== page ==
Recently, I have witnessed your professors work tirelessly to reshape our academic schedules and offerings to guarantee that nobody will be left behind. It is amazing how faculty and staff have invested their time to help us all move forward, with you being the center of our attention. Our commitment is full, and our Duracell is not running out of energy. I continue to hear from some of my students that it may be better to take a semester or two off. I myself have contemplated the pros and cons of this and, let me tell you, I have found nothing to convince me that time off is the pragmatic choice. To address some of the cons: Some students feel as if they are waiting for a time that will deliver what they have “signed up for.” The world is constantly changing, so why not adjust and take an active participation in shaping our future? Students who feel claustrophobic or overwhelmed at the prospect of not having a social life on campus, let me assure you, we can still be social via virtual channels. Invite me to a virtual party and I am in. I am sympathetic to students who feel that they will not receive high-quality lab or studio experiences in a virtual learning situation. I think, however, that virtual learning reveals new methods of collaboration that may bring students closer with faculty, and present unique and innovative possibilities for future work. For many international students, border closures and travel restrictions present a whole host of anxieties about getting to campus or returning home. I am with you on this, but please rest assured that we will address and overcome any potential border closures, should they arise. These administrative concerns should not rob you of your hopes and dreams. I grew up in Poland, which was a country with restricted entry to the U.S. at the time. Evidently, this did not stop me. I understand also that for many students, the calculus of whether to return to the College in the fall has more to do with emotional/mental health considerations than anything else. These considerations are crucial and should be taken seriously. However, consider that remaining in your familiar worlds may reveal its own difficulties. As far as your medical wellbeing is concerned, rest assured that the College is committed to contact tracing and testing to keep you safe.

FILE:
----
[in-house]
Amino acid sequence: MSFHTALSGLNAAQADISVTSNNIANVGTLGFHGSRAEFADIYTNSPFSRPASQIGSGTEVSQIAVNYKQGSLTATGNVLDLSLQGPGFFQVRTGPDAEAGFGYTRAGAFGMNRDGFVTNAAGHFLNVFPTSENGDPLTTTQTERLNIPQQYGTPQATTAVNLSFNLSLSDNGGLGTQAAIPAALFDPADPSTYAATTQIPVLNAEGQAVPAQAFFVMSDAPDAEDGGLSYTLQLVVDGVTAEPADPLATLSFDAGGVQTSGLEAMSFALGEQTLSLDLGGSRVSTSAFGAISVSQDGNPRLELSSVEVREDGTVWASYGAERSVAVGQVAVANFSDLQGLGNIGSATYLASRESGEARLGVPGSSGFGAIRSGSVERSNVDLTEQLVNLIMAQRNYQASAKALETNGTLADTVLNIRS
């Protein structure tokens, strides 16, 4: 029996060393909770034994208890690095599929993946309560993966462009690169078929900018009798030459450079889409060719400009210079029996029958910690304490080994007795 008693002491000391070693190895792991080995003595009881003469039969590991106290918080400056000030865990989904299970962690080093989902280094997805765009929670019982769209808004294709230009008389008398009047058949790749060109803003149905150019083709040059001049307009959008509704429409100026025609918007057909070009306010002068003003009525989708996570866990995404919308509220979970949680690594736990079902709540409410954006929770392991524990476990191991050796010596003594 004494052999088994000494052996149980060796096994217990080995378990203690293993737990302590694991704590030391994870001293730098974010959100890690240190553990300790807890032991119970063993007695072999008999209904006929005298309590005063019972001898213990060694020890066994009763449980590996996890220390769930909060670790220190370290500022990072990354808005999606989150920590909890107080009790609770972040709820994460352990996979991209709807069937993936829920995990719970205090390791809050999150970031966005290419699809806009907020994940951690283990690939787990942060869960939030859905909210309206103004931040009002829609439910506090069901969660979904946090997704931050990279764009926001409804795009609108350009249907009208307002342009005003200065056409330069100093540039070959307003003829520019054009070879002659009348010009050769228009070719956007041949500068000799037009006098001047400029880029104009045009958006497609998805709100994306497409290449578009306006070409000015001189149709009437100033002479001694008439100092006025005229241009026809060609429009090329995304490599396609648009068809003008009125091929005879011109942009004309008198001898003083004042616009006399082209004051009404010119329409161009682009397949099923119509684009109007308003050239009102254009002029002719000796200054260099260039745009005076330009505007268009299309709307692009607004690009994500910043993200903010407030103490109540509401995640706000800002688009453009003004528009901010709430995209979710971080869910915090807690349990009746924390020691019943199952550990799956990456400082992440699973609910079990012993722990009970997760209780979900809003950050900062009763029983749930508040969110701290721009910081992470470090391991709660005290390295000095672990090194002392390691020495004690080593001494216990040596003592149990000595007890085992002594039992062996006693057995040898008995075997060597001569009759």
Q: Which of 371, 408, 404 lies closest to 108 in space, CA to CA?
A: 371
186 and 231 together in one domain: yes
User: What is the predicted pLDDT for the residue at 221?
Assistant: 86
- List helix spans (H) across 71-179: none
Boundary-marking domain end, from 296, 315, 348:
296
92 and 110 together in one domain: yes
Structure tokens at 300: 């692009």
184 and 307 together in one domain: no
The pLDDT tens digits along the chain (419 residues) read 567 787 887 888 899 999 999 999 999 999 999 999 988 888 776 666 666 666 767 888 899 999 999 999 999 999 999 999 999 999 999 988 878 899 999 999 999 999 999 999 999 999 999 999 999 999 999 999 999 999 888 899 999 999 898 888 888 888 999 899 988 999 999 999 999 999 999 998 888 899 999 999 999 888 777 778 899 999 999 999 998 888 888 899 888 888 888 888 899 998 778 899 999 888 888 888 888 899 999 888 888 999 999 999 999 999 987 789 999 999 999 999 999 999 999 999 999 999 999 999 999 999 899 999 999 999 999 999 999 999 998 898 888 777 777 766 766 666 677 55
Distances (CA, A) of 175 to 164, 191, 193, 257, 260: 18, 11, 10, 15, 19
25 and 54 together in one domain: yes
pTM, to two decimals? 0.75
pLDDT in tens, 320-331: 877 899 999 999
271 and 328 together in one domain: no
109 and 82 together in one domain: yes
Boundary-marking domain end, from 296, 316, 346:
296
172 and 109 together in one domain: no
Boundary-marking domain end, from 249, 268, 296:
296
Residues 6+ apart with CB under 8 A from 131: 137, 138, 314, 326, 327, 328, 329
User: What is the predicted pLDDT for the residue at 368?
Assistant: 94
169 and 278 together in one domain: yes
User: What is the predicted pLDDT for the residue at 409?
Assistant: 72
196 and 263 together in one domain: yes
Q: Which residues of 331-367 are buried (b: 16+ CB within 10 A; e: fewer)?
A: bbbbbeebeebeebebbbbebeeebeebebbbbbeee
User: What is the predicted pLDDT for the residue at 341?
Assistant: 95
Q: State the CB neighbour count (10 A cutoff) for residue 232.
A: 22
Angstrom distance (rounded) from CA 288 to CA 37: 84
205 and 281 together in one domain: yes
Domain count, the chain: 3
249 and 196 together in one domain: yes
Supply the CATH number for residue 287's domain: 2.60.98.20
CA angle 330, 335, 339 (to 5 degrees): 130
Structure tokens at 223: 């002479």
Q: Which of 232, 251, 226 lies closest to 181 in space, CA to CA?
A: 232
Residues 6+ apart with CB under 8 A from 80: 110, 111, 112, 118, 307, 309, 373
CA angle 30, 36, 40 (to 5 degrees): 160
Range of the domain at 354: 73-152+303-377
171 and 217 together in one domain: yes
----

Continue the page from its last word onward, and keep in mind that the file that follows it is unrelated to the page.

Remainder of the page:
The classroom is no longer the limit. The sky is no longer the limit. Do not let your fear prevent you from flying high. Equip yourself with the skills and abilities to engage — whether it is with Black Lives Matter or anything else you stand for. One last thing; this letter was originally composed to my nephew, Abu Sangare ’23, who is a rising sophomore here at Williams. But I now address it to all of you, my dear students of Abu’s generation. See you in class and beyond!
May the force be with you.
Professor Omar Sangare is the Chair of the College’s Theatre Department.
The department works to create many varieties and levels of student involvement, including traditional classroom interactions; advanced work in acting, design, directing, and scholarship; and mentored relationships with faculty and guest artists.
The Department of Theatre at Williams combines artistic practice with scholarly inquiry, inspiring students to engage simultaneously in craft and context, creativity and critical thinking. Believing that students learn by doing, we strive to create situations where the unique talents of each can coexist with mentorship and expert artistic guidance. Students who follow appropriate course sequences, and who demonstrate sufficient ability in their work, are encouraged to engage in projects that require a high level of responsibility and skill development.
The department works to create many varieties and levels of student involvement, including traditional classroom interactions; advanced work in acting, design, directing, and scholarship; and mentored relationships with faculty and guest artists. Students create and learn alongside accomplished theatre artists. Many are also granted opportunities to explore their own visions and to exercise their own developing skills through independent projects and self-produced performance.
Taking chances and risking failure intensify learning. In our department we create a safe forum in which students are free to experiment and critically examine the results. Although students will be equipped to proceed to graduate and professional schools in theatre, the major is primarily directed toward those interested in studying theatre as an interpretive and communicative tool, and finally as an artistic phenomenon.